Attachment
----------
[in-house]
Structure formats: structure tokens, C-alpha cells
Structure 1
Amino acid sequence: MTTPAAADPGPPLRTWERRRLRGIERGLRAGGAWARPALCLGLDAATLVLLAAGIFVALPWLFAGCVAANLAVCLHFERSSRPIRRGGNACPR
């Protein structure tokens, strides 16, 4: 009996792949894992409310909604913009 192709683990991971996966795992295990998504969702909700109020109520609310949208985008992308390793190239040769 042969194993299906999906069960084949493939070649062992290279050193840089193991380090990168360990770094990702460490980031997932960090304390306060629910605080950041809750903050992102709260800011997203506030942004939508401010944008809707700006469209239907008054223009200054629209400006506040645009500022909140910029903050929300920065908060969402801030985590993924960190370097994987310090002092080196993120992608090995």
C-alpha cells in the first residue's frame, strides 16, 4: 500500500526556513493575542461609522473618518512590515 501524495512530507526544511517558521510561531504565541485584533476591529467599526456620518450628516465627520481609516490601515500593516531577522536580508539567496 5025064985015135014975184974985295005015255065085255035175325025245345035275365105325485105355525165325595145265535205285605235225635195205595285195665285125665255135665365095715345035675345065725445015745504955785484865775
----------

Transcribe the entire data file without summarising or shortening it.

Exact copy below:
[in-house]
Structure formats: structure tokens, C-alpha cells
Structure 1
Amino acid sequence: MTTPAAADPGPPLRTWERRRLRGIERGLRAGGAWARPALCLGLDAATLVLLAAGIFVALPWLFAGCVAANLAVCLHFERSSRPIRRGGNACPR
């Protein structure tokens, strides 16, 4: 009996792949894992409310909604913009 192709683990991971996966795992295990998504969702909700109020109520609310949208985008992308390793190239040769 042969194993299906999906069960084949493939070649062992290279050193840089193991380090990168360990770094990702460490980031997932960090304390306060629910605080950041809750903050992102709260800011997203506030942004939508401010944008809707700006469209239907008054223009200054629209400006506040645009500022909140910029903050929300920065908060969402801030985590993924960190370097994987310090002092080196993120992608090995």
C-alpha cells in the first residue's frame, strides 16, 4: 500500500526556513493575542461609522473618518512590515 501524495512530507526544511517558521510561531504565541485584533476591529467599526456620518450628516465627520481609516490601515500593516531577522536580508539567496 5025064985015135014975184974985295005015255065085255035175325025245345035275365105325485105355525165325595145265535205285605235225635195205595285195665285125665255135665365095715345035675345065725445015745504955785484865775